The charity register should not be like a private members’ club that offers a place for life for those organisations that are on it, the chair of the Charity Commission has said.
Writing for The Times newspaper this week, Baroness Stowell suggested another look at how organisations are given charitable status and how “the wrongdoers and moribund” might lose the privilege.
“The charity sector needs to embrace a new generation of organisations with their own ideas for strengthening their communities and wider society,” she wrote.
“The charity register should not be like a private members’ club: difficult to join, but offering a place for life once you get in.
“Instead, it should be a snapshot that captures the vast array of efforts being made in this country to improve lives and strengthen society at any given time.
“The Charity Commission will be better equipped to do this if we look again at how we make acquiring registered status possible, as well as what we can do to deprive the wrongdoers and moribund of the status once they have it.”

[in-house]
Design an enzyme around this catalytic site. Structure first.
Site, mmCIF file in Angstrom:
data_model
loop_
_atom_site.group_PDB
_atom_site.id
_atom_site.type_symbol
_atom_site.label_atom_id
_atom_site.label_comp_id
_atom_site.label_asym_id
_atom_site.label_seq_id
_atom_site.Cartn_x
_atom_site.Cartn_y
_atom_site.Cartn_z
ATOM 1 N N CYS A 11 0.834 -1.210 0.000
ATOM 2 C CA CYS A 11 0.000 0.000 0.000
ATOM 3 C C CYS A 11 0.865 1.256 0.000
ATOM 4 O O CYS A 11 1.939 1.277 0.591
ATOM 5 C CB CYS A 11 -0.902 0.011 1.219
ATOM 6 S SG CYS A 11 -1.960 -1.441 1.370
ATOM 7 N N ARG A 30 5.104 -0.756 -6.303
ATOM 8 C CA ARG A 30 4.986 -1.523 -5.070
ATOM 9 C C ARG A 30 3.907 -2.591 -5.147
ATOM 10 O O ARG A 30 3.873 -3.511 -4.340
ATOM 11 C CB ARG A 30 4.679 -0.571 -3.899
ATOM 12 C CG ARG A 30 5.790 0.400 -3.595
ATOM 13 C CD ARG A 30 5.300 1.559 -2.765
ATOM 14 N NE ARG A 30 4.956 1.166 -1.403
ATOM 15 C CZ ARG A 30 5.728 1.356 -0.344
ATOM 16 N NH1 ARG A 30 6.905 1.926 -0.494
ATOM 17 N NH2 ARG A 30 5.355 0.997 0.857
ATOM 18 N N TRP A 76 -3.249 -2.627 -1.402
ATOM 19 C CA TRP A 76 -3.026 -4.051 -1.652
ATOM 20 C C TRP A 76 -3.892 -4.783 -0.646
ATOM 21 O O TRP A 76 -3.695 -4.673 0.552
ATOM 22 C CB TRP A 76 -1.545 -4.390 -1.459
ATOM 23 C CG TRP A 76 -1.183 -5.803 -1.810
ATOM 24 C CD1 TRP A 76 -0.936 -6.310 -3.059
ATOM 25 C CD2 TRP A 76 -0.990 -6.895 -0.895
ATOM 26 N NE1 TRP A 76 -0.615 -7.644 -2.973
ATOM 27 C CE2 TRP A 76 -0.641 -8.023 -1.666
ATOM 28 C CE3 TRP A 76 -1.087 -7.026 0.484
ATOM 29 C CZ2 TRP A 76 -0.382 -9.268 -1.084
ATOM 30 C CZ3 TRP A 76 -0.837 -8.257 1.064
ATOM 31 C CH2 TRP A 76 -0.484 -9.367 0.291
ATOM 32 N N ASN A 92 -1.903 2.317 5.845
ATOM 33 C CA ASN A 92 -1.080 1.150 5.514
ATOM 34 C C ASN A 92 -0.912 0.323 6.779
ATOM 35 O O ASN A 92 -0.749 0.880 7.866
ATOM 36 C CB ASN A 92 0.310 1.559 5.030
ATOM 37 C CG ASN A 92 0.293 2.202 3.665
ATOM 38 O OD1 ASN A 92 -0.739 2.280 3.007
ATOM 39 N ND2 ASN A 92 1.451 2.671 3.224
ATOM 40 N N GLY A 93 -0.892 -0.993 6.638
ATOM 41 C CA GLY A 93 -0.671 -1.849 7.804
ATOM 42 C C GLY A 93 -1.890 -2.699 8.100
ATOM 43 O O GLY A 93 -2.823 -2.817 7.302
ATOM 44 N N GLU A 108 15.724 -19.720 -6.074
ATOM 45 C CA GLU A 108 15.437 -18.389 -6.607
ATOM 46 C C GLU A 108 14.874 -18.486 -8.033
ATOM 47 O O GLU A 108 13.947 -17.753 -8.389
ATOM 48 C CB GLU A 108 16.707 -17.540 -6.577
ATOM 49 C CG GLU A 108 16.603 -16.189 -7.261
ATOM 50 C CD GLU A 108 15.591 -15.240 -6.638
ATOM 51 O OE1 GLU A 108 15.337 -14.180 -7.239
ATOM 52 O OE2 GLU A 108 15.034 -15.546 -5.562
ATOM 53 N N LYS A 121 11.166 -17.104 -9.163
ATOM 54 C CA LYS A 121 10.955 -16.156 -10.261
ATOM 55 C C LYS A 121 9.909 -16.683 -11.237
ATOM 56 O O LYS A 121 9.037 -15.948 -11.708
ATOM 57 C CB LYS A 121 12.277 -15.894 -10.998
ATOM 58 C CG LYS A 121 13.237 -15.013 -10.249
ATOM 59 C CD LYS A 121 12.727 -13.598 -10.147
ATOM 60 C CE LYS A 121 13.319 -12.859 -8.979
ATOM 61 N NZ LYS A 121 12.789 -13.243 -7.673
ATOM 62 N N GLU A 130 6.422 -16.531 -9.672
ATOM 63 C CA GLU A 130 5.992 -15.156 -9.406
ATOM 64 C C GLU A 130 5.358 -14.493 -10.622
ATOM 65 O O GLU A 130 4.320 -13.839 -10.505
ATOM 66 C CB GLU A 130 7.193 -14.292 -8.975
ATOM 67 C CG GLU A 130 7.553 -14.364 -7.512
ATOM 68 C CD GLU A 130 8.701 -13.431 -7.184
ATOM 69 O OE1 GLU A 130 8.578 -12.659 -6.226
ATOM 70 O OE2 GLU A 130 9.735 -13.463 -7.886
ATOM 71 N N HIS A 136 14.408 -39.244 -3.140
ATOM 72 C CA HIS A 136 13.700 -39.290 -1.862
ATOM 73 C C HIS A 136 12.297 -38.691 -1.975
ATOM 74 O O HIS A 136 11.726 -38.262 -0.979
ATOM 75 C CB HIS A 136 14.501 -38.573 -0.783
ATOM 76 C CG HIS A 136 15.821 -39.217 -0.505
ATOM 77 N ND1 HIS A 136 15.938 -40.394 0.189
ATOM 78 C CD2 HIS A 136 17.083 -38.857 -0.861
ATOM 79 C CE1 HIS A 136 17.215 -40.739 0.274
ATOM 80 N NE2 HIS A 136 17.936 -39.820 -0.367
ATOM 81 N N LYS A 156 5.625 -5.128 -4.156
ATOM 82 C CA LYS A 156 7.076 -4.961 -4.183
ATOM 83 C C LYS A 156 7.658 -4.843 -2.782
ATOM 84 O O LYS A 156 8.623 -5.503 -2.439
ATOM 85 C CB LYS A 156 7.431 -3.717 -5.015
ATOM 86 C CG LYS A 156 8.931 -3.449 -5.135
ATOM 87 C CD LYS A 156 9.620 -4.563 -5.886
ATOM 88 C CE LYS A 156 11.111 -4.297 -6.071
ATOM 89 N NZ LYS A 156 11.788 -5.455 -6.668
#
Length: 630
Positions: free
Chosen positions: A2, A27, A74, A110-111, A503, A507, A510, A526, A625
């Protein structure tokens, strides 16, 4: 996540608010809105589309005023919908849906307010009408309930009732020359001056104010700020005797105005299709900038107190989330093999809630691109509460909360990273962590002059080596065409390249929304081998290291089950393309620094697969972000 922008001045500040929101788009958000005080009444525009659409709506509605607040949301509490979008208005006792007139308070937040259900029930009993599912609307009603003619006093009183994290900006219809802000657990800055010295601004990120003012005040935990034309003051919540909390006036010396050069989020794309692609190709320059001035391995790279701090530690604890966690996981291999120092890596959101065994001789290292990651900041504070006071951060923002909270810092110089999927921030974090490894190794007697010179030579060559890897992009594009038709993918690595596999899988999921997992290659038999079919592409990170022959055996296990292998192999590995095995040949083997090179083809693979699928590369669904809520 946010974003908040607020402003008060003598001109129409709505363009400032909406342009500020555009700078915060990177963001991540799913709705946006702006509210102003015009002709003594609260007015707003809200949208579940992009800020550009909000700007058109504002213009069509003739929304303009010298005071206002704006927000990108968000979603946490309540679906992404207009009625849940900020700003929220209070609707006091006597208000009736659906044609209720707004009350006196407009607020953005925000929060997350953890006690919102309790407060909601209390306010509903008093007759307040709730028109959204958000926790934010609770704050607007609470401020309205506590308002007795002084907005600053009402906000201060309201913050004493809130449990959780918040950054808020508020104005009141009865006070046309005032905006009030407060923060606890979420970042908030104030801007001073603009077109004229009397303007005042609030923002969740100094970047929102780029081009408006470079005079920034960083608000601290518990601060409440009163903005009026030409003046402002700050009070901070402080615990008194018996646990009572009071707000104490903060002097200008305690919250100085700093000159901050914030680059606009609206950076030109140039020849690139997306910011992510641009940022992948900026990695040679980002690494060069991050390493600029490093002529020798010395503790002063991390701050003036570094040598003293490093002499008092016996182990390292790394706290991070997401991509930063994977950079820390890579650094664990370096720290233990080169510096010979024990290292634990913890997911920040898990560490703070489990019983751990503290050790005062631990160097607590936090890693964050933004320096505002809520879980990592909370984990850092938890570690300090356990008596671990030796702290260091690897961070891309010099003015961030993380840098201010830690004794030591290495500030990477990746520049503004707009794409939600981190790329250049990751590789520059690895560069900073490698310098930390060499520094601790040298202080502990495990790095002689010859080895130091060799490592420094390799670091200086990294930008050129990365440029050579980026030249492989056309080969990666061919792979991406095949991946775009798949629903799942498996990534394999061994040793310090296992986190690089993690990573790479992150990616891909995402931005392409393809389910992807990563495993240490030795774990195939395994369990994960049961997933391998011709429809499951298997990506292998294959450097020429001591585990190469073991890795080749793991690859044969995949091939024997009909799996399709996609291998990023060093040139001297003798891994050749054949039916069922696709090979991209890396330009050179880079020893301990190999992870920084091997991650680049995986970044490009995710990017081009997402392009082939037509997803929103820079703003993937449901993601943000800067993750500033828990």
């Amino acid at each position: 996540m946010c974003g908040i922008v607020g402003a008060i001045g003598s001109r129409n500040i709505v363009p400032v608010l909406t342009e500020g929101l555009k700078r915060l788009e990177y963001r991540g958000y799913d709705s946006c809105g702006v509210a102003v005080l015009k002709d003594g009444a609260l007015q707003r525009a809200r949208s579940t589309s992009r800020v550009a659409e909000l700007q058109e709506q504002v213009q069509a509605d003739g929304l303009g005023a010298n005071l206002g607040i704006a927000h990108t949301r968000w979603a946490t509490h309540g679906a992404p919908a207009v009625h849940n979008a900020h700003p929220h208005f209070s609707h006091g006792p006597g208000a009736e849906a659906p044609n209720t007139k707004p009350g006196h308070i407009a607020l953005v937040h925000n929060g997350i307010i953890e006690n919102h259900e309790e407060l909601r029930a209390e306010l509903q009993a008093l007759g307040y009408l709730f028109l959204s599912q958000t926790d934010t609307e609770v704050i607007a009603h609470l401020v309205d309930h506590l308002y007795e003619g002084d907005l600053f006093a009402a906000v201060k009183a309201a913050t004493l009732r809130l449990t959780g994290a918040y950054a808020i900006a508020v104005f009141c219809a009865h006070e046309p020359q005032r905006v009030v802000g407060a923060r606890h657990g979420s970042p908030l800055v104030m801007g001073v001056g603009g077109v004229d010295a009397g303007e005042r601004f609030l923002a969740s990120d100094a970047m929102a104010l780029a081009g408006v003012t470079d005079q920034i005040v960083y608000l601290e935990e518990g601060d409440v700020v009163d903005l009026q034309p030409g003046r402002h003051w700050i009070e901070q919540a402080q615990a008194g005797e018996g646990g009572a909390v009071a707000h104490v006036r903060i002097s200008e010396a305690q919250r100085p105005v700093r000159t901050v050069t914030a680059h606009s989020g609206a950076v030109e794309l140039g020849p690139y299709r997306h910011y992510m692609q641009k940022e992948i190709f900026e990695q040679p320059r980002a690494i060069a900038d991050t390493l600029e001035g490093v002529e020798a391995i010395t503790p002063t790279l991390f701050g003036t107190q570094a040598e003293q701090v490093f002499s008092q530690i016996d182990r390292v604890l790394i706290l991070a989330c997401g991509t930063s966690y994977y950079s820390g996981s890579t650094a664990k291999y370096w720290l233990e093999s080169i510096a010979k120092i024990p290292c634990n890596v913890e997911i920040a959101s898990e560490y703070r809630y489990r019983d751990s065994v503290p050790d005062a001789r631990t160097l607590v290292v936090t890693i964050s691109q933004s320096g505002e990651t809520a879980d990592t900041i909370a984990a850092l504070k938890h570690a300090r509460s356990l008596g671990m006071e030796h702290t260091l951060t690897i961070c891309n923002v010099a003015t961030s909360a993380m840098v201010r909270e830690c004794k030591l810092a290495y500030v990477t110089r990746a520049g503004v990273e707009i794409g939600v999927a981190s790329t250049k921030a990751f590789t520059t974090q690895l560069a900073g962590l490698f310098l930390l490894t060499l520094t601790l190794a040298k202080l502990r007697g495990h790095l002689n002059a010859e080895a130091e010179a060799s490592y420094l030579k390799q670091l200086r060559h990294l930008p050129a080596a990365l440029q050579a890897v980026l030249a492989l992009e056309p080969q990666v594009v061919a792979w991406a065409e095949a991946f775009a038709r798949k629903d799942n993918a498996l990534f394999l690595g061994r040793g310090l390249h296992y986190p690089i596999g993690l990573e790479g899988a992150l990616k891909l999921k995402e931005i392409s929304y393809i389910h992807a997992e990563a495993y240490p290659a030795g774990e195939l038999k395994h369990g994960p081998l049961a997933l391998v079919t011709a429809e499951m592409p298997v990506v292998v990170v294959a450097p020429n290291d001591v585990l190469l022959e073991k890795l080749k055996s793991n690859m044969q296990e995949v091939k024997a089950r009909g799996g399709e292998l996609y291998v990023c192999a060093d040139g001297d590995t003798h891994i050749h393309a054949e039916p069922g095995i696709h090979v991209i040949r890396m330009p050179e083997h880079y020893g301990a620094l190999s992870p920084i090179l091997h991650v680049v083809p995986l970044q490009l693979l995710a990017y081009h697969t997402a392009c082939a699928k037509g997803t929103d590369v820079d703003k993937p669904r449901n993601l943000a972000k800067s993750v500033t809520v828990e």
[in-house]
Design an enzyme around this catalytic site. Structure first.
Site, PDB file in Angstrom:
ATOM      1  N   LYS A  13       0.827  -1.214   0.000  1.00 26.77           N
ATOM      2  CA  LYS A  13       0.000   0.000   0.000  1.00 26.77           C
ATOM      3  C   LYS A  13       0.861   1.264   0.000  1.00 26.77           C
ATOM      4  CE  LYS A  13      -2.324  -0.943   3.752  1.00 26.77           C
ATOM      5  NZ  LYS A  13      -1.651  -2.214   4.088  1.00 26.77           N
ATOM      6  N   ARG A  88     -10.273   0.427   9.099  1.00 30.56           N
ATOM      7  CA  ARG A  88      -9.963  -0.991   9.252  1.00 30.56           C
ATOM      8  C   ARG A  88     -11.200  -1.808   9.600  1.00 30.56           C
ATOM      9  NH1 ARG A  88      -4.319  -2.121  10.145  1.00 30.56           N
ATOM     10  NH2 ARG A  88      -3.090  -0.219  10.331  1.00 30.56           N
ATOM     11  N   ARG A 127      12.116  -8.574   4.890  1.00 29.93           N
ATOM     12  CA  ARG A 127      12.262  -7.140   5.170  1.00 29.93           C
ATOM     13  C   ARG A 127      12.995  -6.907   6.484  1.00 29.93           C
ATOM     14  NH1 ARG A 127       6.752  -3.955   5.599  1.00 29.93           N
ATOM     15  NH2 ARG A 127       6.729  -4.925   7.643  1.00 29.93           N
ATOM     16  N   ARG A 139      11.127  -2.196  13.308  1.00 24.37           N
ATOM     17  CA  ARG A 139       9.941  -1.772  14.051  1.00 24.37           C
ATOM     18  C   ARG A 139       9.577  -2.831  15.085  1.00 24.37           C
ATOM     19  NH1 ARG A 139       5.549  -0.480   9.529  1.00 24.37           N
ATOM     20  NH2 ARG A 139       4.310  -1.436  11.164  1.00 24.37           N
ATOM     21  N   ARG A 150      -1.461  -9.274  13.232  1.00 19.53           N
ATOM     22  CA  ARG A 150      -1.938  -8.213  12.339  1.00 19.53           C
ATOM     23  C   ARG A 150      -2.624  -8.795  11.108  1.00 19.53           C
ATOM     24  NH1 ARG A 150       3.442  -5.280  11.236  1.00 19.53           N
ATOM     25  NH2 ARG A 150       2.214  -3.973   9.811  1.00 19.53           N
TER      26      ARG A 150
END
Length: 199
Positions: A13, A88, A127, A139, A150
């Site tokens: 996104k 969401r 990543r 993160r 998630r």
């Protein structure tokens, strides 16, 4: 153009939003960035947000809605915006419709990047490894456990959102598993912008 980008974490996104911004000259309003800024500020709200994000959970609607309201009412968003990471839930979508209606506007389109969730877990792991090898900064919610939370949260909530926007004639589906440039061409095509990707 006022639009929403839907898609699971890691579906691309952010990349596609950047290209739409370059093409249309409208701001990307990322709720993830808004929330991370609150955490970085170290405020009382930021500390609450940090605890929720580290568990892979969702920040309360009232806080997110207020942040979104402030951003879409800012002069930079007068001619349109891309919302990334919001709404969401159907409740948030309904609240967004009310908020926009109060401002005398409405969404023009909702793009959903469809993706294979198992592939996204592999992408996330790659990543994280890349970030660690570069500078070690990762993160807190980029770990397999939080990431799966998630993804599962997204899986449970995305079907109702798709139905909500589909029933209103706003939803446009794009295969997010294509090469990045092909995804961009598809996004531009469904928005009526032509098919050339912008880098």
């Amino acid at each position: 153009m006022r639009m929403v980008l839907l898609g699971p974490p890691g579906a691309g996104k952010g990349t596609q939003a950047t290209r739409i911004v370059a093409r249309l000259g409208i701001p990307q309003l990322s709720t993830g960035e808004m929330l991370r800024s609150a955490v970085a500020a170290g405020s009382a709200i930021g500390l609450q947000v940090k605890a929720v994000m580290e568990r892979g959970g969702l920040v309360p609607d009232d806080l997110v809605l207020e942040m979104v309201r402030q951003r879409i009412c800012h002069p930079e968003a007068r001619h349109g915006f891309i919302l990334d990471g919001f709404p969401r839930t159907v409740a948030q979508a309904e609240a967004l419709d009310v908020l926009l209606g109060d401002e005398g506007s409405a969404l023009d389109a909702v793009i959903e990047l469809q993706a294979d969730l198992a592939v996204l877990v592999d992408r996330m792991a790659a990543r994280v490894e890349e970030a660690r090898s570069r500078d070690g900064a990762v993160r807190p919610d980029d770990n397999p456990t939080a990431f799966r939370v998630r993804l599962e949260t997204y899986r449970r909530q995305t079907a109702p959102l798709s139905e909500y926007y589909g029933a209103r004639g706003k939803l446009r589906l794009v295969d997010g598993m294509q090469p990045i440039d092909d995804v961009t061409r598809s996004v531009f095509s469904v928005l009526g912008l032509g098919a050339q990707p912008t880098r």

The definition of a charity is set by parliament through charity law, but the commission decides if an organisation fits within any of the criteria when considering an application for charitable status.
The regulator declined to provide any further detail on Stowell’s comments when asked by Third Sector.
Stowell said in her column: “As we return to normality by degrees, it is better that we do so with a clear-eyed understanding of where charity stands rather than falling back on wishful thinking.
“The brightest future lies with those causes and organisations who understand and respect what charity means in the hearts and minds of the public and are prepared to stand behind the difference they make, but also the way in which they make it.”